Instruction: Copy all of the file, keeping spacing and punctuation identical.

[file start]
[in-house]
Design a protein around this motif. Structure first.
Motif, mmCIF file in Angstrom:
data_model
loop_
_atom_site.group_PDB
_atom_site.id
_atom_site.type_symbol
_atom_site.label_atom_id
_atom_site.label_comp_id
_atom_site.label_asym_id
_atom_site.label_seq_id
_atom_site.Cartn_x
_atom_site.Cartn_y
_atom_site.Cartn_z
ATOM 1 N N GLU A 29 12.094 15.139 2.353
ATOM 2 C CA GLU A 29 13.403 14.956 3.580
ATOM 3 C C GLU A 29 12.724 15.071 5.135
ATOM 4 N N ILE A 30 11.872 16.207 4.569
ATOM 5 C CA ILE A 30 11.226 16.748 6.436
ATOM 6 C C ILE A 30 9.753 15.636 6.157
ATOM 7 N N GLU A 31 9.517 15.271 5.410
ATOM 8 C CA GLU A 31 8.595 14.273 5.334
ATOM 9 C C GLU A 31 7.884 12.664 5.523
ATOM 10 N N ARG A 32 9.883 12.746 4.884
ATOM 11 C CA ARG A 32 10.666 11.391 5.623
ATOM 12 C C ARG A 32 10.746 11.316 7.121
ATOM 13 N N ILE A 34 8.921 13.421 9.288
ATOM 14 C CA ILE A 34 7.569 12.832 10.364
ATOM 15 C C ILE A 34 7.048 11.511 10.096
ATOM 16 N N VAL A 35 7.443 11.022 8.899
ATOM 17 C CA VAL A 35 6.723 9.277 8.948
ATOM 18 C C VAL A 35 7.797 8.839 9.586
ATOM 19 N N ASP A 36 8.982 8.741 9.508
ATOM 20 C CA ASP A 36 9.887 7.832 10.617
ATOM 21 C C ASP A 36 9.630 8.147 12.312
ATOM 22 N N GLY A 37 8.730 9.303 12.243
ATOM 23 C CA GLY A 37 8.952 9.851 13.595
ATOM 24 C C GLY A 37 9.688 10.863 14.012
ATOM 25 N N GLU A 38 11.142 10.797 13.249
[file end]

[in-house]
Design a protein around this motif. Structure first.
Motif, mmCIF file in Angstrom:
data_model
loop_
_atom_site.group_PDB
_atom_site.id
_atom_site.type_symbol
_atom_site.label_atom_id
_atom_site.label_comp_id
_atom_site.label_asym_id
_atom_site.label_seq_id
_atom_site.Cartn_x
_atom_site.Cartn_y
_atom_site.Cartn_z
ATOM 1 N N GLU A 29 12.094 15.139 2.353
ATOM 2 C CA GLU A 29 13.403 14.956 3.580
ATOM 3 C C GLU A 29 12.724 15.071 5.135
ATOM 4 N N ILE A 30 11.872 16.207 4.569
ATOM 5 C CA ILE A 30 11.226 16.748 6.436
ATOM 6 C C ILE A 30 9.753 15.636 6.157
ATOM 7 N N GLU A 31 9.517 15.271 5.410
ATOM 8 C CA GLU A 31 8.595 14.273 5.334
ATOM 9 C C GLU A 31 7.884 12.664 5.523
ATOM 10 N N ARG A 32 9.883 12.746 4.884
ATOM 11 C CA ARG A 32 10.666 11.391 5.623
ATOM 12 C C ARG A 32 10.746 11.316 7.121
ATOM 13 N N ILE A 34 8.921 13.421 9.288
ATOM 14 C CA ILE A 34 7.569 12.832 10.364
ATOM 15 C C ILE A 34 7.048 11.511 10.096
ATOM 16 N N VAL A 35 7.443 11.022 8.899
ATOM 17 C CA VAL A 35 6.723 9.277 8.948
ATOM 18 C C VAL A 35 7.797 8.839 9.586
ATOM 19 N N ASP A 36 8.982 8.741 9.508
ATOM 20 C CA ASP A 36 9.887 7.832 10.617
ATOM 21 C C ASP A 36 9.630 8.147 12.312
ATOM 22 N N GLY A 37 8.730 9.303 12.243
ATOM 23 C CA GLY A 37 8.952 9.851 13.595
ATOM 24 C C GLY A 37 9.688 10.863 14.012
ATOM 25 N N GLU A 38 11.142 10.797 13.249